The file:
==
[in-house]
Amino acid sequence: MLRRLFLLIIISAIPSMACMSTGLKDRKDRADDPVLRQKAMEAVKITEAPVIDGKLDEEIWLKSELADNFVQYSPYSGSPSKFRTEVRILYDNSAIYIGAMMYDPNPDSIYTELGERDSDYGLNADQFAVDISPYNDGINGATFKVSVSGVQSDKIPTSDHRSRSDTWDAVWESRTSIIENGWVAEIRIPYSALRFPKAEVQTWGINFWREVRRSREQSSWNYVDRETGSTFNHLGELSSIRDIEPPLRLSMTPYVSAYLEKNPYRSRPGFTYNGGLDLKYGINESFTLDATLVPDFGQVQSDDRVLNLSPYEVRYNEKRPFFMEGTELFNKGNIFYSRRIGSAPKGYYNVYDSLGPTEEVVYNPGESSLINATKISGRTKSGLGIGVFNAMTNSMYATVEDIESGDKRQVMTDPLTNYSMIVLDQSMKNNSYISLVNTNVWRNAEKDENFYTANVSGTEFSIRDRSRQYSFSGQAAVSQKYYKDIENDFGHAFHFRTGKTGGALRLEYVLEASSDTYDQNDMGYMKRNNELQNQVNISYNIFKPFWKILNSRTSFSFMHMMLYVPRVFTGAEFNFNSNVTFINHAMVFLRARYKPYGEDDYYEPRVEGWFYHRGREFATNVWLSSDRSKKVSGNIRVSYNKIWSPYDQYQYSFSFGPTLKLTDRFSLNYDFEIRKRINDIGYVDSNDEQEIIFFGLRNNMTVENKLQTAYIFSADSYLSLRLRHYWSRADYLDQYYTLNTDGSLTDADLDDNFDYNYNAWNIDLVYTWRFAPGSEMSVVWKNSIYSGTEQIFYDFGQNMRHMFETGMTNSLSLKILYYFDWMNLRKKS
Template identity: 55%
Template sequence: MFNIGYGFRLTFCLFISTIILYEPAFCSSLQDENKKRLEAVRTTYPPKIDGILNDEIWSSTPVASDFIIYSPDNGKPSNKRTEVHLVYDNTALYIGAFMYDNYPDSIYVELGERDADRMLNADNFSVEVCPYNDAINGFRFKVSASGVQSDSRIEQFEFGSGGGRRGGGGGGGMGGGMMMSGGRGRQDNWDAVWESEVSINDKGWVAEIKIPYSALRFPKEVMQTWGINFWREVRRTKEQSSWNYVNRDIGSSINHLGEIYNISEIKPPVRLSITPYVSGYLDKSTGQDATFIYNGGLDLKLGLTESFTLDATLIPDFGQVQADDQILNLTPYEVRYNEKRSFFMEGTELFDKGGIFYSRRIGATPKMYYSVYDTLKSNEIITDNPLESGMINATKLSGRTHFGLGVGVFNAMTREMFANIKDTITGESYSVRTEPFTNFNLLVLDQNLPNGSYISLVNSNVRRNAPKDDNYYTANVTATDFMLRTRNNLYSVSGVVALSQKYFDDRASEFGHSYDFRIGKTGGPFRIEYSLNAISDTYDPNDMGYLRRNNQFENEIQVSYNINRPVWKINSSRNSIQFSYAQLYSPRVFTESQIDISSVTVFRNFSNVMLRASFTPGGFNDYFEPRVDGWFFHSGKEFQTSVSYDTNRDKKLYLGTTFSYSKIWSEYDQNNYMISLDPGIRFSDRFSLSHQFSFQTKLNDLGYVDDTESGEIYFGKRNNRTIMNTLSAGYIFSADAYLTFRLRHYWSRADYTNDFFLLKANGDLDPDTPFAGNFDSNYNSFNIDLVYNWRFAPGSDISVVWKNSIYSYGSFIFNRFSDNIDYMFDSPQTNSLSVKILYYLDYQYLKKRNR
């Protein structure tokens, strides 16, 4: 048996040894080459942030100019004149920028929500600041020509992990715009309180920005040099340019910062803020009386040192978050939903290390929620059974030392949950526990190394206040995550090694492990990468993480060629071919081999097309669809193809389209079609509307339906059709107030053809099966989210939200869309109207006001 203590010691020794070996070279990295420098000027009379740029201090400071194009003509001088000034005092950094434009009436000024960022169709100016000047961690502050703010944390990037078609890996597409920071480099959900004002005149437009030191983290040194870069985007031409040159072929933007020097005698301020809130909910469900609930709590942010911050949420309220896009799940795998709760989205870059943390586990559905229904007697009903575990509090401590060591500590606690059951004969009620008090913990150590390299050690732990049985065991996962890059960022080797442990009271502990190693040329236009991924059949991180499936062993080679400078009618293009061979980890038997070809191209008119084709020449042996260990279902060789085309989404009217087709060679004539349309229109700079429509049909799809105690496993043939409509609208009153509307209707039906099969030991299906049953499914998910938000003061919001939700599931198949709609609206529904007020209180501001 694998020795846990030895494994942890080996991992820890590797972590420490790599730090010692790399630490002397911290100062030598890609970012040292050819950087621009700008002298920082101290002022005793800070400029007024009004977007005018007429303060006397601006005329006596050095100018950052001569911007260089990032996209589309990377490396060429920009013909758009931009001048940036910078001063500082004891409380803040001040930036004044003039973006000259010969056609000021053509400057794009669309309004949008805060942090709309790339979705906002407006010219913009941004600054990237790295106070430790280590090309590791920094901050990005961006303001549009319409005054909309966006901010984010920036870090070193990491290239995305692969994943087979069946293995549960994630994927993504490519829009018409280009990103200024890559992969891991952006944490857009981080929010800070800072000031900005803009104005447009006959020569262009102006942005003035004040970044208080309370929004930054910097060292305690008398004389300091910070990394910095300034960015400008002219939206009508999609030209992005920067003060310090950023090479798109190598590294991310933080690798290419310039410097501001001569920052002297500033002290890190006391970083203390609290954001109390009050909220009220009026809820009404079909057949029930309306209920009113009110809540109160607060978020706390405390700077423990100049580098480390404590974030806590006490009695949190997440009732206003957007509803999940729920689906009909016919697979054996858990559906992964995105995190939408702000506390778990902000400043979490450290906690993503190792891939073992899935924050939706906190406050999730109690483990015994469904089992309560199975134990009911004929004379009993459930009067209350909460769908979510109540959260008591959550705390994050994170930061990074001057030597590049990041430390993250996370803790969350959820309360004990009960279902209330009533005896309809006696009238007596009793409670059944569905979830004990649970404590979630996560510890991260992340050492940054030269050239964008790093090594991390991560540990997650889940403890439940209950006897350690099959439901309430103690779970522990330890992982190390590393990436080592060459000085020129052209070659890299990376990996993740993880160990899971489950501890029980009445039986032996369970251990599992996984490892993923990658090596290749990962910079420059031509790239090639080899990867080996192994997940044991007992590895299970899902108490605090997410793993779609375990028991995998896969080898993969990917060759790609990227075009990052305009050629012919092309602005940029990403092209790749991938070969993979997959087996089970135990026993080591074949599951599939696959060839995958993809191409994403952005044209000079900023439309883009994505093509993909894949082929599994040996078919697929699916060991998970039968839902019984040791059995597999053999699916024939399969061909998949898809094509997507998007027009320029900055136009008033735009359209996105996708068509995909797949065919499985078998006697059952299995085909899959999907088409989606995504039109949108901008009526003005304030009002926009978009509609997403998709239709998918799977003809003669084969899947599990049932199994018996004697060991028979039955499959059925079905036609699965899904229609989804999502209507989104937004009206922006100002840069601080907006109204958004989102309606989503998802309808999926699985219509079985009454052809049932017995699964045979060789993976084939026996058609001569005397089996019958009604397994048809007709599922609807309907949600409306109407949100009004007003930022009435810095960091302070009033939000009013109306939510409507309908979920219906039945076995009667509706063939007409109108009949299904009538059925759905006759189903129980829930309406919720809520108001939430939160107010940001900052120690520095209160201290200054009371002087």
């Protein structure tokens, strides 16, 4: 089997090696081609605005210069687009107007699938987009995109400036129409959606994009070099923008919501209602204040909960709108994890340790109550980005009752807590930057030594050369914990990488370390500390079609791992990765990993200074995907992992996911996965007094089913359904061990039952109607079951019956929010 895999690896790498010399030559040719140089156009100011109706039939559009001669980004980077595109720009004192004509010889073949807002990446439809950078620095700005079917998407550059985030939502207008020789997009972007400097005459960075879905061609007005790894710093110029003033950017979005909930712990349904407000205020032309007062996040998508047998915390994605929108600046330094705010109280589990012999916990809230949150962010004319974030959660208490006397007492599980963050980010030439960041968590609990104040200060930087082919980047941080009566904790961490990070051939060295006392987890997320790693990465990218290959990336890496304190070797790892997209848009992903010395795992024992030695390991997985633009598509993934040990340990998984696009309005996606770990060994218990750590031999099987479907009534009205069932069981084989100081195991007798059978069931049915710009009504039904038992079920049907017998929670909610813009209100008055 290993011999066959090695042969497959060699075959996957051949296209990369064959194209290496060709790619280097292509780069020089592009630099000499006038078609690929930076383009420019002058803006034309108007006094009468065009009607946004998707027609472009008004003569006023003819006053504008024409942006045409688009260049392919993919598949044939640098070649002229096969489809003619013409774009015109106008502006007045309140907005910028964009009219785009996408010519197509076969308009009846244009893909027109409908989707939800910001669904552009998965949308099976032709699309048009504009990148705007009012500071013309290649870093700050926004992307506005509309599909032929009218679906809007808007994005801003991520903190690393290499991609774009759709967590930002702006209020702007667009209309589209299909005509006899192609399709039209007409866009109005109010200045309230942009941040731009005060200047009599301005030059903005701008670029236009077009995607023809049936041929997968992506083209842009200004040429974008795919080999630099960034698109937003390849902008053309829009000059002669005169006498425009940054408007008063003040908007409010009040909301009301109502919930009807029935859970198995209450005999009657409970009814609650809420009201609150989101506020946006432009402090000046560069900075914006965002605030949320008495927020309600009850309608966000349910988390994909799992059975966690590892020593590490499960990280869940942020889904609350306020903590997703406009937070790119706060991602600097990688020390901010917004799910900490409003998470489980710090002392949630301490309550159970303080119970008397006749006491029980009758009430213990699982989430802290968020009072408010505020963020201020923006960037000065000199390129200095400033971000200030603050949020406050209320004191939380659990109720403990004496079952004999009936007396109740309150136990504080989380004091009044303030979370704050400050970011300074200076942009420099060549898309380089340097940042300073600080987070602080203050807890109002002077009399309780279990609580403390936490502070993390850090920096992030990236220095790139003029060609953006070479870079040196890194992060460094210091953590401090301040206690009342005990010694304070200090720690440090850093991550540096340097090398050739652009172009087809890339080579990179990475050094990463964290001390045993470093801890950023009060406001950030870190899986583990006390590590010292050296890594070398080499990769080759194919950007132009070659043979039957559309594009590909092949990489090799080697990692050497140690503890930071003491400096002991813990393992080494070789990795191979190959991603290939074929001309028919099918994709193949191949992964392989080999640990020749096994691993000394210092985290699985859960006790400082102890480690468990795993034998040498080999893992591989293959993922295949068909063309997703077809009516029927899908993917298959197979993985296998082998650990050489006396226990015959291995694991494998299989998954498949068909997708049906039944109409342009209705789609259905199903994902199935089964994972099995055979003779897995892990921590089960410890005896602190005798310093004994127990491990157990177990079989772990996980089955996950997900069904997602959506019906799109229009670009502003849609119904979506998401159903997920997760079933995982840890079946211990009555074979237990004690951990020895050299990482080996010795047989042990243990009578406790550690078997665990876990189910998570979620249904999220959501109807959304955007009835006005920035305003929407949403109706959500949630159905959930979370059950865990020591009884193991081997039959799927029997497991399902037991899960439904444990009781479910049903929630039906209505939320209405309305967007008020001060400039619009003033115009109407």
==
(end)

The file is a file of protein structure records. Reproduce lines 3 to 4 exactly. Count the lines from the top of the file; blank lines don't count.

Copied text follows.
Template identity: 55%
Template sequence: MFNIGYGFRLTFCLFISTIILYEPAFCSSLQDENKKRLEAVRTTYPPKIDGILNDEIWSSTPVASDFIIYSPDNGKPSNKRTEVHLVYDNTALYIGAFMYDNYPDSIYVELGERDADRMLNADNFSVEVCPYNDAINGFRFKVSASGVQSDSRIEQFEFGSGGGRRGGGGGGGMGGGMMMSGGRGRQDNWDAVWESEVSINDKGWVAEIKIPYSALRFPKEVMQTWGINFWREVRRTKEQSSWNYVNRDIGSSINHLGEIYNISEIKPPVRLSITPYVSGYLDKSTGQDATFIYNGGLDLKLGLTESFTLDATLIPDFGQVQADDQILNLTPYEVRYNEKRSFFMEGTELFDKGGIFYSRRIGATPKMYYSVYDTLKSNEIITDNPLESGMINATKLSGRTHFGLGVGVFNAMTREMFANIKDTITGESYSVRTEPFTNFNLLVLDQNLPNGSYISLVNSNVRRNAPKDDNYYTANVTATDFMLRTRNNLYSVSGVVALSQKYFDDRASEFGHSYDFRIGKTGGPFRIEYSLNAISDTYDPNDMGYLRRNNQFENEIQVSYNINRPVWKINSSRNSIQFSYAQLYSPRVFTESQIDISSVTVFRNFSNVMLRASFTPGGFNDYFEPRVDGWFFHSGKEFQTSVSYDTNRDKKLYLGTTFSYSKIWSEYDQNNYMISLDPGIRFSDRFSLSHQFSFQTKLNDLGYVDDTESGEIYFGKRNNRTIMNTLSAGYIFSADAYLTFRLRHYWSRADYTNDFFLLKANGDLDPDTPFAGNFDSNYNSFNIDLVYNWRFAPGSDISVVWKNSIYSYGSFIFNRFSDNIDYMFDSPQTNSLSVKILYYLDYQYLKKRNR